If you’re interested in enjoying and learning about great garden photography and you’re not already reading David Perry’s , you should be. Along with philosophy and garden adventures, all accompanied by stunning images, David frequently addresses out-of-the-ordinary photography topics, such as , , and . Best of all, you don’t need to have loads of high-tech camera equipment to try out his challenges – just a basic point-and-shoot camera and a willingness to experiment. We’re going to focus on one of David’s creative ideas for an upcoming Picture This contest: .
I know that a few of you have already tried this technique, but for the rest of you, this advance notice gives you plenty of time to practice. Not that you’ll need it, though; it’s amazingly simple – as simple as putting a leaf, a flower, seeds, or other small items in the bottom of a wide-mouthed glass jar, then shooting straight downward into the jar. Resting the camera on the rim of the jar keeps it perfectly steady, so you don’t need a tripod to get super-sharp closeup shots.
Honestly, I couldn’t believe that it was really as easy as it sounded, so I decided to start with some dried persimmons; that way, I wouldn’t have to worry about stuff wilting while I was experimenting. My first shot, in a simple clear glass jar set on a wooden bench:
That’s not bad, but it was just the beginning. In his , David takes the technique to another level by setting the jar on different backgrounds. So I grabbed some dishes…
…and a bunch of colored and patterned papers I had left from my scrapbooking days…
… and tried out some different options.
That’s getting more interesting. I moved on to some other experiments with some square clear-glass jars, including ‘Goldflame’ honeysuckle (Lonicera x heckrottii) set on one of those woven things meant for supporting paper plates:
‘Fairytale Cinderella’ portulaca against a swirled red glass dish:
And ‘Dragon Tongue’ and ‘Trionfo Violetto’ beans against a checkerboard paper.
Then I got a little carried away experimenting with using different kinds and colors of jars and vases.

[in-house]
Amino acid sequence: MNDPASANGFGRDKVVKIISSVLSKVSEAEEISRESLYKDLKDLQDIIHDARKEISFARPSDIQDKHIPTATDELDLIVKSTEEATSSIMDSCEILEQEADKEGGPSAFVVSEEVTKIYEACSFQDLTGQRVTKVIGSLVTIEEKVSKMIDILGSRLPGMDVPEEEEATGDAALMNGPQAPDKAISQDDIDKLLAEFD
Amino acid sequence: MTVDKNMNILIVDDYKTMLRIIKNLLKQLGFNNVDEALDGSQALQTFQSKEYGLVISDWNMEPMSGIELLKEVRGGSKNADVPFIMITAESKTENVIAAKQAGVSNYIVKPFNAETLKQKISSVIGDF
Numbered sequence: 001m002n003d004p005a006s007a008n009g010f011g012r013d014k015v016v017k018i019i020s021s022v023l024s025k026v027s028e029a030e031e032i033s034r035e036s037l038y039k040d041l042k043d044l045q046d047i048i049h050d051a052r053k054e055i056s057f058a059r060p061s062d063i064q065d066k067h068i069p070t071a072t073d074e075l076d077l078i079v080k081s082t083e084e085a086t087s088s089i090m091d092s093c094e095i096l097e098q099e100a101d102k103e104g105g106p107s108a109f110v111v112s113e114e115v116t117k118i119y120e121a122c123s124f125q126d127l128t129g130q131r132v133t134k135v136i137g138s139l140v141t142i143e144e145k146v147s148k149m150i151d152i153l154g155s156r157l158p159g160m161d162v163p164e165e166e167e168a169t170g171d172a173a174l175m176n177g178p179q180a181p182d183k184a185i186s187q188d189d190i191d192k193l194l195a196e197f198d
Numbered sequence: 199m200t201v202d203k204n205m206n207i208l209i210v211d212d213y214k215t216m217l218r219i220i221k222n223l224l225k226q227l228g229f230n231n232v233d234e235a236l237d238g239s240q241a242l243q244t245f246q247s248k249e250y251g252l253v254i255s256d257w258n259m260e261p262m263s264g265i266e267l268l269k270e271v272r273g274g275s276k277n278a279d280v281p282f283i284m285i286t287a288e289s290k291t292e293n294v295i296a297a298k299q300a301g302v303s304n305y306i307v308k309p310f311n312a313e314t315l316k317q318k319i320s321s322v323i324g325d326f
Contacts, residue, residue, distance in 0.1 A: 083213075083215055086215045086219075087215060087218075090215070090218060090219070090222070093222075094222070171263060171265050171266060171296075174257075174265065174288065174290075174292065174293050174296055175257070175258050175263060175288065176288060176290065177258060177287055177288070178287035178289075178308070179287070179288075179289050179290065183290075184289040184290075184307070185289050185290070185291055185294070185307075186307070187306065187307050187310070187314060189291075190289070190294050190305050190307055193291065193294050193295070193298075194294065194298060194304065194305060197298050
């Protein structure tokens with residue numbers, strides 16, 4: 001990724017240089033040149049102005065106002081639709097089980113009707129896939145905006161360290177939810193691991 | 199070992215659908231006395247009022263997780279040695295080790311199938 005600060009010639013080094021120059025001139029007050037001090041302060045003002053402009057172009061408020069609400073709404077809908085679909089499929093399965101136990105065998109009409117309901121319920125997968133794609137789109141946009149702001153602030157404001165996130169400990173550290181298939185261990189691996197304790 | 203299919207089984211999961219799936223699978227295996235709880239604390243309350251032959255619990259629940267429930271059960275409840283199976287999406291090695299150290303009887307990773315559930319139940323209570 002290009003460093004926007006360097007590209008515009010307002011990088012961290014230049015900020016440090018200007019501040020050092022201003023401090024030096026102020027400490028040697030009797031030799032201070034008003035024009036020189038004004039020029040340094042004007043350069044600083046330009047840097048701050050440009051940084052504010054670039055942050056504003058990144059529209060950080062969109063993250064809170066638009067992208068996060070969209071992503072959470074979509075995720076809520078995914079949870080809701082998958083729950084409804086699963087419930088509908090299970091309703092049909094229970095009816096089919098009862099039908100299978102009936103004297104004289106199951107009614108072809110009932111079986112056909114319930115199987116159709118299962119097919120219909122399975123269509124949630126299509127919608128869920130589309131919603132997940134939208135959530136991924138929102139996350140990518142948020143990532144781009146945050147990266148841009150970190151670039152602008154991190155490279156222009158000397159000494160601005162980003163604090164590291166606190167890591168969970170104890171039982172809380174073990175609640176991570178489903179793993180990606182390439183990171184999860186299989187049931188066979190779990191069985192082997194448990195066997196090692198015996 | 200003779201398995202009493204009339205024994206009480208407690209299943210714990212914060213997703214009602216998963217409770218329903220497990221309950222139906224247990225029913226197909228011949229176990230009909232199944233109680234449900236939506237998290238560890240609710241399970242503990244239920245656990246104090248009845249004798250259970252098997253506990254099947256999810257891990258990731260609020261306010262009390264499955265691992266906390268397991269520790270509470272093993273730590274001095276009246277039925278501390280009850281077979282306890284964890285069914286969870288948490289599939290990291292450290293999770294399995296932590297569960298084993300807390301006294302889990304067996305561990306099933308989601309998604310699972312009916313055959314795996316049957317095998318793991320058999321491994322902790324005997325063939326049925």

Here are some tumbled zebra jasper stones in an cylindrical amber glass vase against a plain background:
And then set in a dish of more stones:
And the ‘Goldflame’ honeysuckle’ in a red glass vase:
Using a vase and a pitcher with swirled sides added some extra-cool effects. Here’s a ‘Benary’s Giant Golden Yellow’ zinnia with scented geranium foliage against green-and-white striped paper:
And ‘Sunsugar’, ‘Tumbling Tom Red’, and ‘Black Cherry’ cherry tomatoes against a picture of pumpkins:
I got a little carried away after that. The image at the top of this post is ‘Cherry Brandy’ rudbeckia in a swirled glass vase set on a swirled red glass dish. I followed that up by slipping a metal colander between the vase and the dish and got this:
And then, I took the bloom and vase and set it inside a large red glass vase:
One factor I didn’t play with is lighting: I took all of these out on my porch on a bright but overcast afternoon. I also didn’t do any cropping, color correction, or other sort of photo editing; these are all straight out of the camera. As you can see, it’s easy to go a little wild combining subjects, containers, and backgrounds.
David has graciously agreed to be our judge for this theme, and he’ll tell us exactly what he’s looking for in the Picture This announcement on January 1. For now, give the technique a try and have a good time with it. (Remember, you can find David’s original posts at and .)
While you’re at it, don’t forget to do some bloom scans for October’s Picture This. The plant pieces you pick for the macros can work great for scanning, too!